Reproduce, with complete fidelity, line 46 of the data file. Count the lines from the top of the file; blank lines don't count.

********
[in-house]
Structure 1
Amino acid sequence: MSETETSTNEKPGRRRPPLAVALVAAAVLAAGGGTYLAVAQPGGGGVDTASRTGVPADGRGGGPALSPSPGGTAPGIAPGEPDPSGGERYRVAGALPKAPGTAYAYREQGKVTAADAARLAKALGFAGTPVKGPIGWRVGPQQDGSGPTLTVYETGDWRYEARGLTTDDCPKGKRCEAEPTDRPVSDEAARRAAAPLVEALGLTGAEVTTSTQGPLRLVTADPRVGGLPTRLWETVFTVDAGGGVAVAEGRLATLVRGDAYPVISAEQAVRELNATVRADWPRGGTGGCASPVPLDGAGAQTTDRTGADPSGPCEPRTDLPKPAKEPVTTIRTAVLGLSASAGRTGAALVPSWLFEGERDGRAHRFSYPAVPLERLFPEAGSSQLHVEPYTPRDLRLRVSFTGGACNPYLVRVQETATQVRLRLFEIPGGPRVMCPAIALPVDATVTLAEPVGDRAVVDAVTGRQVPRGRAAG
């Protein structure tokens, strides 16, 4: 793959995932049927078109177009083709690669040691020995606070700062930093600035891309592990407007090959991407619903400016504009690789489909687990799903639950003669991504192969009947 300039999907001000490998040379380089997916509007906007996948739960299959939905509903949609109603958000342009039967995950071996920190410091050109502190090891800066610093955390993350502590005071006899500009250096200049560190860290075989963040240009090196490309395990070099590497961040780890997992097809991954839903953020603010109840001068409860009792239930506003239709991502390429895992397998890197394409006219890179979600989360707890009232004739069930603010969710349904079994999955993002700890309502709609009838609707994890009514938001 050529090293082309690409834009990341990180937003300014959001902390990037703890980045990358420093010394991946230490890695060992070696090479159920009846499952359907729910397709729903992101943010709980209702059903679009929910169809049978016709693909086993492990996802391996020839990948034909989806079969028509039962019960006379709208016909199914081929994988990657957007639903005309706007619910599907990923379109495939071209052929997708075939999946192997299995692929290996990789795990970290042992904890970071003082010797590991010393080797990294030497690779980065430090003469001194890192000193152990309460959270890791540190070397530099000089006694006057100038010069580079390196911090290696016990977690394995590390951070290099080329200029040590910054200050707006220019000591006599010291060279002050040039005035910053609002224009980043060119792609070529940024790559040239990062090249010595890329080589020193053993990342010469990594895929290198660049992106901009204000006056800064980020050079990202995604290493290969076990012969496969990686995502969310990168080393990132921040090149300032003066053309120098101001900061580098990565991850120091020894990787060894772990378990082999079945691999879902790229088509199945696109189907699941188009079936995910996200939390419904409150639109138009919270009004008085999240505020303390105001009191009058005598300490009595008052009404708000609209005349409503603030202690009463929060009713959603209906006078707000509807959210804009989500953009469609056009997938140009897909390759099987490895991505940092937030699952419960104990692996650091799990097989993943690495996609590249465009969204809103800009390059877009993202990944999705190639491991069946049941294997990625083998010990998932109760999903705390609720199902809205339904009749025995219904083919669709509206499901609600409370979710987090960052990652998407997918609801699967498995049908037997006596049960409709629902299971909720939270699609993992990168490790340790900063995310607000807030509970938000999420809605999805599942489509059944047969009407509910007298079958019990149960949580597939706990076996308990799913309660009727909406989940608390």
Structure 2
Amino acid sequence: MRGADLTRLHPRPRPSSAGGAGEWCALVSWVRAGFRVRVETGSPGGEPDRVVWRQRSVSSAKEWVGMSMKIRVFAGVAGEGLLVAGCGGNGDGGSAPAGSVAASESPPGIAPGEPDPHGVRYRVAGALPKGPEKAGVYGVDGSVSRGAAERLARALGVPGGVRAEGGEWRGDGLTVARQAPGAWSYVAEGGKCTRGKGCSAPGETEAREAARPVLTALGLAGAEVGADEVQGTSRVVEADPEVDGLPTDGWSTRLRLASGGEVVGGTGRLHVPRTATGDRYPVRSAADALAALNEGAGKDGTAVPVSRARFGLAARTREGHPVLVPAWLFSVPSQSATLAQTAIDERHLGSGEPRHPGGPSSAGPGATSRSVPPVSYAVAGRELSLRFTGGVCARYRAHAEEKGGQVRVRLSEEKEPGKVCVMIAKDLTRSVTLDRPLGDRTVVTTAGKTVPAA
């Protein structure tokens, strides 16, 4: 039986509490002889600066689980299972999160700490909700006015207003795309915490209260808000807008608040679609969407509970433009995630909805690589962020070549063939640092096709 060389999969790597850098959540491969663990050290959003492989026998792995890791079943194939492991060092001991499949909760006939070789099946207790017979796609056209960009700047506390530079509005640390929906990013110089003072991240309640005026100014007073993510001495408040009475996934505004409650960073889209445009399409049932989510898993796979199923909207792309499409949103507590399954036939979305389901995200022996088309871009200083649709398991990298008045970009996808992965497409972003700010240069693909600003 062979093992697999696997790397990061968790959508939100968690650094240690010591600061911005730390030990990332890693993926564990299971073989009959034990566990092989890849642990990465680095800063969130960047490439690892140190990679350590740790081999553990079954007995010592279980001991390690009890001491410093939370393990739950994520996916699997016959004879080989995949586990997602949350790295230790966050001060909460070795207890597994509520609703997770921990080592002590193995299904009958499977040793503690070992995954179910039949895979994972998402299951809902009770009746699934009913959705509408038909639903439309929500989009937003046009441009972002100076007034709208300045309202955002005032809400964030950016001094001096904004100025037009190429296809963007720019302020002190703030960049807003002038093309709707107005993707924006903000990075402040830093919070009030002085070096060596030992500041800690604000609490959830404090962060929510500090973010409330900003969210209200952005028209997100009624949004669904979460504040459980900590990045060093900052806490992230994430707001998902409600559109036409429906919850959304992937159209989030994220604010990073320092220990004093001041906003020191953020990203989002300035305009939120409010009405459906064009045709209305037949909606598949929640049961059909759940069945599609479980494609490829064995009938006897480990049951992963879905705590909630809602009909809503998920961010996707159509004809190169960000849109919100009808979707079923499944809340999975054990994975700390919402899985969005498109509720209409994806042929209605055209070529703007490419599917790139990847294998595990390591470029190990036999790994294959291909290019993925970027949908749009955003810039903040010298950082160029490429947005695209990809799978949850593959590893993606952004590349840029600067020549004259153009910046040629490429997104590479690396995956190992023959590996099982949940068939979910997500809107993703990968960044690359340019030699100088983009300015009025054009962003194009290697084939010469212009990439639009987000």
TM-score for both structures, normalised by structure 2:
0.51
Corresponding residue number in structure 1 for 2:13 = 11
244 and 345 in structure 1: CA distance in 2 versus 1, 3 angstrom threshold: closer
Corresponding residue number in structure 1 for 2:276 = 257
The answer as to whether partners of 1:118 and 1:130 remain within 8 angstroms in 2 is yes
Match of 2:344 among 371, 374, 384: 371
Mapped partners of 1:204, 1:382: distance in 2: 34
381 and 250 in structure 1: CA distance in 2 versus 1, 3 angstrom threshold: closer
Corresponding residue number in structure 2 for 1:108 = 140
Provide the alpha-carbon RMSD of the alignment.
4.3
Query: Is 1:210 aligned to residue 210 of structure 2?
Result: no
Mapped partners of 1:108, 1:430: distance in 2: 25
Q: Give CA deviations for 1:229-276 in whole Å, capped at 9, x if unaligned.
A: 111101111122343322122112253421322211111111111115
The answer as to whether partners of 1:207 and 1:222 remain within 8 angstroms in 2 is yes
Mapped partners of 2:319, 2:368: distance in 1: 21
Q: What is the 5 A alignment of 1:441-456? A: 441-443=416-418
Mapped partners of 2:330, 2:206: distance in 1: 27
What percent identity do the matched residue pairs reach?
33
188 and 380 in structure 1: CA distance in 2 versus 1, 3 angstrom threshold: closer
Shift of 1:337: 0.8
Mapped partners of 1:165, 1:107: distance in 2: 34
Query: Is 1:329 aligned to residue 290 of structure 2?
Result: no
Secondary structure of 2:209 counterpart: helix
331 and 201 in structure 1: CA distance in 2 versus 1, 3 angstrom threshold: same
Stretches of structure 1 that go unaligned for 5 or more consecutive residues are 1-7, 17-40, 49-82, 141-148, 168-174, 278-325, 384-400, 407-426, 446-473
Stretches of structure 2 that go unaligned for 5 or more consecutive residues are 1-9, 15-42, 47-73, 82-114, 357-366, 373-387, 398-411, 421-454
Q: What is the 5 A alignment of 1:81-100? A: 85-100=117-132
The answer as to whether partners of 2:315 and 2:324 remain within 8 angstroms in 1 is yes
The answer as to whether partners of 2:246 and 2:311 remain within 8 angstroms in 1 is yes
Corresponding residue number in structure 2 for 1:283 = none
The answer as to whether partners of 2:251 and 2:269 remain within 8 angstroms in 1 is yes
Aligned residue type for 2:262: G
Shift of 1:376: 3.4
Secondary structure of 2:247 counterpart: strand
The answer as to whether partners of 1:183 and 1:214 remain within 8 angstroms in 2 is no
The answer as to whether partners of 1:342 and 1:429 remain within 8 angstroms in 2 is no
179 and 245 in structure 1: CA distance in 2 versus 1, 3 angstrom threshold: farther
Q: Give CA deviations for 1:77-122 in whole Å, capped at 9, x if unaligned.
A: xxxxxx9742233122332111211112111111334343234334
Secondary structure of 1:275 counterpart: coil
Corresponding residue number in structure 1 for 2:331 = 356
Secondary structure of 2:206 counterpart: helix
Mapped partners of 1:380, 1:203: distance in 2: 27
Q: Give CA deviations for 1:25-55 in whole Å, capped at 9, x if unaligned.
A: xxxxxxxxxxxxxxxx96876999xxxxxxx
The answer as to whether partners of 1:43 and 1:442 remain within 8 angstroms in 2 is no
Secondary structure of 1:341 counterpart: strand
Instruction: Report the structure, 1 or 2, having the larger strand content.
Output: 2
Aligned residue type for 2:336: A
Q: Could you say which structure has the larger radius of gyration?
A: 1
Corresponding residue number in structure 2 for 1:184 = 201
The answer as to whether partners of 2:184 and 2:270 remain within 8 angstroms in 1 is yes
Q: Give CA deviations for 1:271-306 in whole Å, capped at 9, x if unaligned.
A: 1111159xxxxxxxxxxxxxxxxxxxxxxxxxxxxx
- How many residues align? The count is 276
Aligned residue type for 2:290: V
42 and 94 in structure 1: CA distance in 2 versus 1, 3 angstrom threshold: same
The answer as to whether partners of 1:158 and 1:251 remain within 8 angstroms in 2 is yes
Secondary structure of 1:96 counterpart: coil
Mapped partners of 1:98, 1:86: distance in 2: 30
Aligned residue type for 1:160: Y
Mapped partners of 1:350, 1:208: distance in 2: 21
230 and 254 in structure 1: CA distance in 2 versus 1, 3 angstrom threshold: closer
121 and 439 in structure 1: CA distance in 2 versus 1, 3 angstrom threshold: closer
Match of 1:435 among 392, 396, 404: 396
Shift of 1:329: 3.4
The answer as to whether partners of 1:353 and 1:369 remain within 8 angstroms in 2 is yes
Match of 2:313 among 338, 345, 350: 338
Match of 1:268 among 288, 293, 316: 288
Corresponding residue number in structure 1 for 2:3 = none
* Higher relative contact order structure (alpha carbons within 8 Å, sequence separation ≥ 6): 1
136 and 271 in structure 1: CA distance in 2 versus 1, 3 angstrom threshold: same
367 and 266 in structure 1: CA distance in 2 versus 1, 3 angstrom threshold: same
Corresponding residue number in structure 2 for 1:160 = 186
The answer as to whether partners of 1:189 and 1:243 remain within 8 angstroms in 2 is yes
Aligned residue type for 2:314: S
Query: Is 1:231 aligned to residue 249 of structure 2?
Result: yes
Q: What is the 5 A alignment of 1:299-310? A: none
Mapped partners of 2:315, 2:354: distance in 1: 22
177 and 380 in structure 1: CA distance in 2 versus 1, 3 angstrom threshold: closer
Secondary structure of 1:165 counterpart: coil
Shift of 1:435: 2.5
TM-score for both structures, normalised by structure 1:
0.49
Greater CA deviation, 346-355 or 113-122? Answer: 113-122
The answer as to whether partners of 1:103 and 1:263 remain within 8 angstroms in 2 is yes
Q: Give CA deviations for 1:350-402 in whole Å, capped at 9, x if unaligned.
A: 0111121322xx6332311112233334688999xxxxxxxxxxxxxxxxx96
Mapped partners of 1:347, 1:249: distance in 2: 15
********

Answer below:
Shift of 1:376: 3.4